Showing posts with label whole gland ablation. Show all posts
Showing posts with label whole gland ablation. Show all posts

Sunday, September 3, 2017

Focal salvage ablation for radio-recurrent prostate cancer

When there is a recurrence after primary radiation treatment, it is very tempting to try to identify the site(s) of local recurrence within the prostate and prostate bed and only treat those. The hope is that we can destroy any remaining cancer while keeping toxicity to the bladder, rectum, and neurovascular bundles to a minimum. The alternative to treating just the identifiable recurrence sites (focal or hemi-gland treatment) is to treat the whole gland. We saw that whole gland re-treatment with brachytherapy or SBRT seems to have good oncological and toxicity outcomes. But the standard of care, other than salvage surgery, has been salvage whole gland cryotherapy.

Cryotherapy is one kind of tissue ablation technique - it irreversibly destroys prostate tissue, both healthy and cancerous. Other kinds of ablation techniques include High Intensity Focused Ultrasound (HIFU), Irreversible Electroporation (IRE), Photodynamic Therapy (PDT), and Focal Laser Ablation (FLA). There have been small clinical trials of a few types of salvage focal ablation.

Focal Cryotherapy

Abreu et al. compared outcomes of 25 patients who had hemi-gland cryotherapy to 25 patients who had whole gland cryotherapy between 2003 and 2010.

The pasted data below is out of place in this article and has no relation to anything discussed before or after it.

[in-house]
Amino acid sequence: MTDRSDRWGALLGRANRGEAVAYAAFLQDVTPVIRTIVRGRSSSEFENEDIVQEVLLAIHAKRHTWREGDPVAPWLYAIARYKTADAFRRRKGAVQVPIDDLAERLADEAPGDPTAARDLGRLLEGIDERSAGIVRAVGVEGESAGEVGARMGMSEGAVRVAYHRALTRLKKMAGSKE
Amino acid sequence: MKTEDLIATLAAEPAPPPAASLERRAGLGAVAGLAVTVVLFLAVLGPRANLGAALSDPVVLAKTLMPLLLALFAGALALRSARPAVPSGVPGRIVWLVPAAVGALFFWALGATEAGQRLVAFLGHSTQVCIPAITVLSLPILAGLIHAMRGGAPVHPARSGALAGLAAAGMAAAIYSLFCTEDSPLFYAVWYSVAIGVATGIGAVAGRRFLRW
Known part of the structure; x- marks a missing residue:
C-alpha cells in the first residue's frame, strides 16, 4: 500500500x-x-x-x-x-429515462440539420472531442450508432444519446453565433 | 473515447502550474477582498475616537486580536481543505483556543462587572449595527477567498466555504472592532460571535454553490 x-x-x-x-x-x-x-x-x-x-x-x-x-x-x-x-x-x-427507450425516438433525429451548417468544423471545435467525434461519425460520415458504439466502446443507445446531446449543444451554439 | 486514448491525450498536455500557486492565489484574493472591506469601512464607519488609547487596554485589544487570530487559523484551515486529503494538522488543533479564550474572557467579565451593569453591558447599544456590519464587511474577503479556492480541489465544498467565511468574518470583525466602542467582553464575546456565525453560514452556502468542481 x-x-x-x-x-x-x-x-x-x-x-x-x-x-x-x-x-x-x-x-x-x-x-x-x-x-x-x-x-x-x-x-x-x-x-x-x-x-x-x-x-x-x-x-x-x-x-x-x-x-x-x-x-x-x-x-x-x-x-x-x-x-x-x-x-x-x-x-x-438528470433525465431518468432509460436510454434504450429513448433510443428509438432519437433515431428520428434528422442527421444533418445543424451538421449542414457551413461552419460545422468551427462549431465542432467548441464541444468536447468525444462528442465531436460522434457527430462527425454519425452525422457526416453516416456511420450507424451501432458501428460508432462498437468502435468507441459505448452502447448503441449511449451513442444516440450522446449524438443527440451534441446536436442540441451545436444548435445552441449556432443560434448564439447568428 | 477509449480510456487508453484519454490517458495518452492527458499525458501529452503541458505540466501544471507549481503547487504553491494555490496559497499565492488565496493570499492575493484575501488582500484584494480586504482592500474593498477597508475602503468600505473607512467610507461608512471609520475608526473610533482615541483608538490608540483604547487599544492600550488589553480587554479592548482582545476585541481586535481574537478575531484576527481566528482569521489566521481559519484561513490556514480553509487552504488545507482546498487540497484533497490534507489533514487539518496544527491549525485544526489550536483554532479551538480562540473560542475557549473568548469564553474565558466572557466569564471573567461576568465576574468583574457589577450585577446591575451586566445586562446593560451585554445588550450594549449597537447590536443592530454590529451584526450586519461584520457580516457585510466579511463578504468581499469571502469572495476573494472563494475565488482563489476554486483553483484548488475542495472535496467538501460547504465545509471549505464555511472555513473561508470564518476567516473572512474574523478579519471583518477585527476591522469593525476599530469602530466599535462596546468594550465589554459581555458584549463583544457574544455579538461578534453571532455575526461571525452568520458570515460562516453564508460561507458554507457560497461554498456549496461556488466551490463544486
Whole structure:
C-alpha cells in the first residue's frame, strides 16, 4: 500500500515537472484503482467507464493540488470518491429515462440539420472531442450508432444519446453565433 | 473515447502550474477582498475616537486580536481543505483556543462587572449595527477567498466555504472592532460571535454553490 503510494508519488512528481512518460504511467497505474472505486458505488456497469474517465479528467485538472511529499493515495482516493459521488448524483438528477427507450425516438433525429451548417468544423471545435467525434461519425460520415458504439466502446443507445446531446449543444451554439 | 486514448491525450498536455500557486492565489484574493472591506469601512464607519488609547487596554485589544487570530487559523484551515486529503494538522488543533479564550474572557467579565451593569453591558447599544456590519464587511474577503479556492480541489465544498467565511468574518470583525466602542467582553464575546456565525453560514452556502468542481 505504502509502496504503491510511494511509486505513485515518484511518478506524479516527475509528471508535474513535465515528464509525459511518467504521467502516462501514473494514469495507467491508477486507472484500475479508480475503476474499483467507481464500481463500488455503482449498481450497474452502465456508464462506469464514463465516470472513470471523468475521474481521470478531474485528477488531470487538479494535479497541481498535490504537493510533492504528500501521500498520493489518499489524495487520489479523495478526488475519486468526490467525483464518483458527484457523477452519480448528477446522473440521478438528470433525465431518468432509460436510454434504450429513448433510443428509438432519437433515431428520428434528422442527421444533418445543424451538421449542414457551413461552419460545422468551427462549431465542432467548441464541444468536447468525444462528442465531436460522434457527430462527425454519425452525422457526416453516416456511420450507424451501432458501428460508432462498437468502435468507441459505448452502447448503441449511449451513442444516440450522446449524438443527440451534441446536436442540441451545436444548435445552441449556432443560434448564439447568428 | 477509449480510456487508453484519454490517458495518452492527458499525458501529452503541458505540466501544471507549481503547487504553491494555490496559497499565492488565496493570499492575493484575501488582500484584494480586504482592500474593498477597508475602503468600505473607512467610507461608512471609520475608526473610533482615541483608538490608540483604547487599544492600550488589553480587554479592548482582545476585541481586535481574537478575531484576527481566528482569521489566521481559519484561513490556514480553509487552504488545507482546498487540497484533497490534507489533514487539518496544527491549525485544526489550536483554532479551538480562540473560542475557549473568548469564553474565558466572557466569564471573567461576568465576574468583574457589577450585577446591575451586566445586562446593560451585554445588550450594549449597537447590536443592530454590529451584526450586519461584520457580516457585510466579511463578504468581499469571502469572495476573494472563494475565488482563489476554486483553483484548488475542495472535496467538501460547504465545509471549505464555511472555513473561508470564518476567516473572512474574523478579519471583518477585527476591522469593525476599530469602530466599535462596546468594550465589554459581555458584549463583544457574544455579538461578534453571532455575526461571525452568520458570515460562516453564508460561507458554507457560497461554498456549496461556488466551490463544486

• 5-year biochemical failure free rate was 54% in the hemi-gland group and 86% in the whole gland group.
  • New incontinence afflicted none of the hemi-gland group and 13% of the whole gland group.
  • Potency preservation occurred in 2 of 7 in the hemi-gland group, but none of the whole gland group
  • Fistula occurred in none of the hemi-gland group and in one patient in the whole gland group.
Li et al. reported the COLD Registry data on on 91 radio-recurrent patients treated with salvage focal cryotherapy between 2002 and 2012.
  • 3-year biochemical disease-free survival was 72%
  • 5-year biochemical disease-free survival was 47%
  • 4 of 14 patients (29%) had positive biopsies
  • 3 patients (3%) suffered a fistula
  • 6 patients (7%) suffered urinary retention
  • 5 patients (6%) suffered incontinence requiring pads
  • Half of previously potent patients were able to have intercourse.
Weske et al. reported on 55 radio-recurrent patients treated with salvage focal cryotherapy at Columbia University Medical Center between 1994 and 2011.
  • 5-year disease-free survival was 47%
  • 10-year disease-free survival was 42%